While sitting in a Collaborative Divorce session with the attorneys, their clients and a Divorce Coach, the subject turned to alimony and child support. Acting as a Financial Neutral, I asked both parties to bring their post-divorce monthly budgets, so all of us could gain a greater understanding of what life would look like as the couple moved forward independently. The Divorce Coach reminded the parties of one of the biggest differences between Collaborative Law and Mediation, and traditional litigation: they control the process, and they make the decisions.
The court does not care about the parties as unique individuals because it cannot. It is not possible for each case to truly be considered as unique. The court must rely on systems, calculations, and guidelines, and must fit every case into a predictable format. There isn’t the time, and the caseload is too great, to give appropriate consideration to each case. It’s just the way it is. It’s government trying to manage relationships.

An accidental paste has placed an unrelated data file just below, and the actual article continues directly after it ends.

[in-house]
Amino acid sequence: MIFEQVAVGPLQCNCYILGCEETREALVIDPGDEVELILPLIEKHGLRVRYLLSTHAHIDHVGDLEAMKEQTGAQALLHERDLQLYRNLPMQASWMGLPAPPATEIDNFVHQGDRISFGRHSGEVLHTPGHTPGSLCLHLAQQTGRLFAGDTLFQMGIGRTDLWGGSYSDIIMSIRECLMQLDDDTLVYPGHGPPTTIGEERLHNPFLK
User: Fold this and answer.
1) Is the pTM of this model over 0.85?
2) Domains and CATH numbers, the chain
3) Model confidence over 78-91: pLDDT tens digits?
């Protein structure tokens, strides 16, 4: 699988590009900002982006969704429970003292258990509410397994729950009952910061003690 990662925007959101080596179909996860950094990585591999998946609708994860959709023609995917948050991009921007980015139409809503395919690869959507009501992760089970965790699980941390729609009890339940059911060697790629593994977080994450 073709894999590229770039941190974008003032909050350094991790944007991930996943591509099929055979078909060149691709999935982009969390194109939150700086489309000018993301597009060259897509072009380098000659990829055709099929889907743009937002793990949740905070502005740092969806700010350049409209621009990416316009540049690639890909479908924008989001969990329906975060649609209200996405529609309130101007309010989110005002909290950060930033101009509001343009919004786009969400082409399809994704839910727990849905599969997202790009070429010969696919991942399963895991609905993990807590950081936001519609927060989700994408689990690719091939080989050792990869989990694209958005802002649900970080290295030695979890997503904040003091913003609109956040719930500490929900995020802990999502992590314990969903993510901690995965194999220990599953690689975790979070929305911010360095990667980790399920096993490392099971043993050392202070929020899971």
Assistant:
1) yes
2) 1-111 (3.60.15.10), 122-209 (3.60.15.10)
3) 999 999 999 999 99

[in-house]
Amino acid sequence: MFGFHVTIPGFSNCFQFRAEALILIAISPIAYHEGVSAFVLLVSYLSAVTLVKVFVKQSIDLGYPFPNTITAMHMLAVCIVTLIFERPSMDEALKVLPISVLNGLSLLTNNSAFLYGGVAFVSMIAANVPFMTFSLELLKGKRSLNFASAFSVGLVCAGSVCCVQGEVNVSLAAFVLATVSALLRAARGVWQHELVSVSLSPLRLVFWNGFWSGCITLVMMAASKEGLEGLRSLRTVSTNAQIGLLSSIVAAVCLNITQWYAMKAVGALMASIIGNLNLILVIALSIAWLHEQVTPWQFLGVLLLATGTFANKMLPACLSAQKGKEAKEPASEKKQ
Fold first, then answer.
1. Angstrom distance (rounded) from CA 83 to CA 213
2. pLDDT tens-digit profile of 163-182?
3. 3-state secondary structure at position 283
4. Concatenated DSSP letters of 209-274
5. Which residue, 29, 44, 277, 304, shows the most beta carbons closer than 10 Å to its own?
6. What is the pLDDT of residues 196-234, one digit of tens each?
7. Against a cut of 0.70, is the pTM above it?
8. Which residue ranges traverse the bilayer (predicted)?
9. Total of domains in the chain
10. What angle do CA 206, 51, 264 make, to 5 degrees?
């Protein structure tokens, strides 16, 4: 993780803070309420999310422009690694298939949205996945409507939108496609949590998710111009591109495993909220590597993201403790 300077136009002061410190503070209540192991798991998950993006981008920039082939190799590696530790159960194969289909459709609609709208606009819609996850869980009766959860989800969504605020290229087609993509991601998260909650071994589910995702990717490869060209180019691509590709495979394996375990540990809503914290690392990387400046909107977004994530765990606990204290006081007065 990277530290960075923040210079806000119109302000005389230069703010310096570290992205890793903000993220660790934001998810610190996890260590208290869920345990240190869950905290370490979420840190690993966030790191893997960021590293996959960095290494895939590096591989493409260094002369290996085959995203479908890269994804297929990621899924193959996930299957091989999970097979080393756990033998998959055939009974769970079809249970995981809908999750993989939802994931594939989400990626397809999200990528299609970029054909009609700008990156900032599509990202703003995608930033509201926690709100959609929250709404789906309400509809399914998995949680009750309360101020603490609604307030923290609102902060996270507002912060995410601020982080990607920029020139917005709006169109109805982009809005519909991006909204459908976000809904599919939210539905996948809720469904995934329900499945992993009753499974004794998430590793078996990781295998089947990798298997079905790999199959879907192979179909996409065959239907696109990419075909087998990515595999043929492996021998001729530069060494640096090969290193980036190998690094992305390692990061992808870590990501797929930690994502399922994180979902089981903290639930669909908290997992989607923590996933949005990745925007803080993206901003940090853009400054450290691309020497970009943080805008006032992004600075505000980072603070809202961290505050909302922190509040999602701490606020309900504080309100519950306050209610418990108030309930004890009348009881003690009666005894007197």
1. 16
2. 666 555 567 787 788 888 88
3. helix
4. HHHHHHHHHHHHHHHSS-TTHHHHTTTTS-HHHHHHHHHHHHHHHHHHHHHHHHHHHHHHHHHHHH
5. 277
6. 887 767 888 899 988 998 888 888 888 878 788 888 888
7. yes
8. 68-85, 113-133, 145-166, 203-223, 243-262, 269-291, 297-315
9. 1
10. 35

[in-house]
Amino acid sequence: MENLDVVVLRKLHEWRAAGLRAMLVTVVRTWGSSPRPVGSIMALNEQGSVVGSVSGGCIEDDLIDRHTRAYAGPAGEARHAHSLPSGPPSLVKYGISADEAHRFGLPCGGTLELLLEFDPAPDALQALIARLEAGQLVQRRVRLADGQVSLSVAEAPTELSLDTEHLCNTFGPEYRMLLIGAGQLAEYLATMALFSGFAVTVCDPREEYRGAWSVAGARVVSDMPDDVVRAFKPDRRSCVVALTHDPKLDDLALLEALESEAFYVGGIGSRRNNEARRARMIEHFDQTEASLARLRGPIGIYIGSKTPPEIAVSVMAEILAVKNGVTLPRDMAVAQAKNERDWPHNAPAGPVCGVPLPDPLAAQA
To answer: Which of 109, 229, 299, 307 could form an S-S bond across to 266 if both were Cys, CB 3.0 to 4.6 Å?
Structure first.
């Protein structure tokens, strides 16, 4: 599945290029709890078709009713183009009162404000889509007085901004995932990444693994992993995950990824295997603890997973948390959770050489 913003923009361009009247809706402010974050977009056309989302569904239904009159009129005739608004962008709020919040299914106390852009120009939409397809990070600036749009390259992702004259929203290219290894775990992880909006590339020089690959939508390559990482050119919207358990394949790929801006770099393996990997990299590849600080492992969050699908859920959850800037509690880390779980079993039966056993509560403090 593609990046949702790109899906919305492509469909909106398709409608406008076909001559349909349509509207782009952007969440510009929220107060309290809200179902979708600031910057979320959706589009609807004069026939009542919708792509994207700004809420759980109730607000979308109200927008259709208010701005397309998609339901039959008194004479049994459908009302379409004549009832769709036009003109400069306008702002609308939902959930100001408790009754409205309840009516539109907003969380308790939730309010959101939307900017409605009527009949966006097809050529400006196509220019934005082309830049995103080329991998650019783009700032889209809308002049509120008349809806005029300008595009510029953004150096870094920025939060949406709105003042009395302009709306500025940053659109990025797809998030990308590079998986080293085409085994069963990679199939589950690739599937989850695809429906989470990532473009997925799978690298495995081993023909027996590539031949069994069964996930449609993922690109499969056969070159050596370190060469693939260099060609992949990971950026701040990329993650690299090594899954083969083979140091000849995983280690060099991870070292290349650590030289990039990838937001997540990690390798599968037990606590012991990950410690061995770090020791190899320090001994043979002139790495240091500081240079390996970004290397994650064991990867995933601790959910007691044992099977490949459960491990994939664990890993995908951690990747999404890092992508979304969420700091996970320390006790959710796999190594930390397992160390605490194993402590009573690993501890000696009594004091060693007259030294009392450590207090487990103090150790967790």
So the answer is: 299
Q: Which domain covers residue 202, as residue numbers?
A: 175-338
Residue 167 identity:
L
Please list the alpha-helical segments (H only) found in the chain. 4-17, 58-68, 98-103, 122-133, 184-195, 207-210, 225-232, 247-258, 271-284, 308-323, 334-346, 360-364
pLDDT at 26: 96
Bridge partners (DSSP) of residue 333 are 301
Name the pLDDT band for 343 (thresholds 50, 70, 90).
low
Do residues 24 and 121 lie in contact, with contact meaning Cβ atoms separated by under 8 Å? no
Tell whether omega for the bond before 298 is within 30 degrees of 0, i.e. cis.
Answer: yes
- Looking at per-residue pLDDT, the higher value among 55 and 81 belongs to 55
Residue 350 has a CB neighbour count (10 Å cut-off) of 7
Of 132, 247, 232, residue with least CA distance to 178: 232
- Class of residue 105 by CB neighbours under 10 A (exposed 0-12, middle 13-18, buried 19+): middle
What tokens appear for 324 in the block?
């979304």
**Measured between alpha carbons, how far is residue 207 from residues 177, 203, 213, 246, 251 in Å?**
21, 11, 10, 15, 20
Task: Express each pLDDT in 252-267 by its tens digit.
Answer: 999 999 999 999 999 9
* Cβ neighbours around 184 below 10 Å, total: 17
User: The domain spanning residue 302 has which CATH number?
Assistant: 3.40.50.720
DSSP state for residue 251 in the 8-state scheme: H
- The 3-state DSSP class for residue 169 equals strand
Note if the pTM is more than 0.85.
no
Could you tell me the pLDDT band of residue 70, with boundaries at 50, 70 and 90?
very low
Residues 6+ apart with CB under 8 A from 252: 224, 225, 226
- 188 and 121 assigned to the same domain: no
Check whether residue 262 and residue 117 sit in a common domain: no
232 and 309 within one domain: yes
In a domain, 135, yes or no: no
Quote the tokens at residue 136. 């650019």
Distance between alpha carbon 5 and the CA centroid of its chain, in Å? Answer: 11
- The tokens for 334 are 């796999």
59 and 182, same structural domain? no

When considering alimony and child support orders, even if the house must be sold, the kids uprooted, and the wages attached to conform to a guideline or a calculation, the order of the court will prevail. For this reason, and many others, it is wise to try to work through solutions on your terms, in Mediation or in a Collaborative process, before you throw yourself on the mercy of the court. Because it is most likely not mercy you will receive, but a formula.